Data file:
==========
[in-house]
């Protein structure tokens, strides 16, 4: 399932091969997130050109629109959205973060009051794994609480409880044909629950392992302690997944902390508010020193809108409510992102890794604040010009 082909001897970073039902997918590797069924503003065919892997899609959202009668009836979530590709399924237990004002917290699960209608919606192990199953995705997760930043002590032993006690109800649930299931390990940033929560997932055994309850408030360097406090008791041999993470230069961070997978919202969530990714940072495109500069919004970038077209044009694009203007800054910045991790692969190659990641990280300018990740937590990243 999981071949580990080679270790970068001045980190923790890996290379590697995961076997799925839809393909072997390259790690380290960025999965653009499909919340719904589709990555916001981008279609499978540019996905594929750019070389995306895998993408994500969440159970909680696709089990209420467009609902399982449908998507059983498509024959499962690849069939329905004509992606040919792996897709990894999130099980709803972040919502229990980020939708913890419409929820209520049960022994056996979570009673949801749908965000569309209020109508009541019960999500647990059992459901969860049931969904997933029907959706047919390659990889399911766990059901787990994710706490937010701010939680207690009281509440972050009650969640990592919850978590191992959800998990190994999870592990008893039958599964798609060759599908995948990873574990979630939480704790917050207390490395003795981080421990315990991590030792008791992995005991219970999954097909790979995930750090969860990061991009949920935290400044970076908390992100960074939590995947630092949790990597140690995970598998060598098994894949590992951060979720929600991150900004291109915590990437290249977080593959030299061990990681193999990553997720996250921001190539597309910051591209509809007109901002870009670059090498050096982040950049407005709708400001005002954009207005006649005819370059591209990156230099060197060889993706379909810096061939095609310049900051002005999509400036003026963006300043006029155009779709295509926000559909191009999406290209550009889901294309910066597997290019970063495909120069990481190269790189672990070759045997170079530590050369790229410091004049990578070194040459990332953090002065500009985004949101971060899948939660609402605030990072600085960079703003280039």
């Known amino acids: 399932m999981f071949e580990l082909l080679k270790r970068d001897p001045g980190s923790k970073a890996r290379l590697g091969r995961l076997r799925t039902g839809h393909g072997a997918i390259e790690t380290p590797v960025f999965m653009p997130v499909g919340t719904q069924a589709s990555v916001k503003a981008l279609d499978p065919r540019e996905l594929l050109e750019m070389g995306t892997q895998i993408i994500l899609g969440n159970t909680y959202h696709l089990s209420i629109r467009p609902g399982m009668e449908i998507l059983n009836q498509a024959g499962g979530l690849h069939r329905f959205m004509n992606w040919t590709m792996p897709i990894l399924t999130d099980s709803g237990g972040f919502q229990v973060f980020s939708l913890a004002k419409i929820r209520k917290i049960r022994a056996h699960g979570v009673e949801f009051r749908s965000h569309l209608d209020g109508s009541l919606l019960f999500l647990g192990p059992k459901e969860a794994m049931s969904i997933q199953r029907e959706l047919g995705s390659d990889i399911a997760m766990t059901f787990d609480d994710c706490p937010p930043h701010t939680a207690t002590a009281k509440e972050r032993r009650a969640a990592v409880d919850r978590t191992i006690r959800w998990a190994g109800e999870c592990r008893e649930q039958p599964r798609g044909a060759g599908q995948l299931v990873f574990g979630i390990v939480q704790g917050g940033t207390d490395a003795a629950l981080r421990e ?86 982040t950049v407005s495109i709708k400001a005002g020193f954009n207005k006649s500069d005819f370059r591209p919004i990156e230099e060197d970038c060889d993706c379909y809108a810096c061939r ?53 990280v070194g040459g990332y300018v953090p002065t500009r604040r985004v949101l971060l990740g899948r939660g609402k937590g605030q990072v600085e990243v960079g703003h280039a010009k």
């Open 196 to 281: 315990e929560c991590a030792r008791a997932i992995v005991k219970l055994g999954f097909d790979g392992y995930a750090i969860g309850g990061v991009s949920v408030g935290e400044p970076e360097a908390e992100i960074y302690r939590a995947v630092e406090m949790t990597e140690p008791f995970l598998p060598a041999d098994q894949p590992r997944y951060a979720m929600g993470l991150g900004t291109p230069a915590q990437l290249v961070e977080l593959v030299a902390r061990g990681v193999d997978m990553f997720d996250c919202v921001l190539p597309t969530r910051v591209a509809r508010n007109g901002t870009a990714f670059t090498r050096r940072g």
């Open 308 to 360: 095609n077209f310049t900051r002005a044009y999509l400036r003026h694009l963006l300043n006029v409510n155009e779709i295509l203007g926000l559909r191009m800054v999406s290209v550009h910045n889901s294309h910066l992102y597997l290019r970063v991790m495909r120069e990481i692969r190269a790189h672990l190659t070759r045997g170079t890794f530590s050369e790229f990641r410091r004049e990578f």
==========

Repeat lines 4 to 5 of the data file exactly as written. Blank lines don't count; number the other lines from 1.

């Open 196 to 281: 315990e929560c991590a030792r008791a997932i992995v005991k219970l055994g999954f097909d790979g392992y995930a750090i969860g309850g990061v991009s949920v408030g935290e400044p970076e360097a908390e992100i960074y302690r939590a995947v630092e406090m949790t990597e140690p008791f995970l598998p060598a041999d098994q894949p590992r997944y951060a979720m929600g993470l991150g900004t291109p230069a915590q990437l290249v961070e977080l593959v030299a902390r061990g990681v193999d997978m990553f997720d996250c919202v921001l190539p597309t969530r910051v591209a509809r508010n007109g901002t870009a990714f670059t090498r050096r940072g």
């Open 308 to 360: 095609n077209f310049t900051r002005a044009y999509l400036r003026h694009l963006l300043n006029v409510n155009e779709i295509l203007g926000l559909r191009m800054v999406s290209v550009h910045n889901s294309h910066l992102y597997l290019r970063v991790m495909r120069e990481i692969r190269a790189h672990l190659t070759r045997g170079t890794f530590s050369e790229f990641r410091r004049e990578f």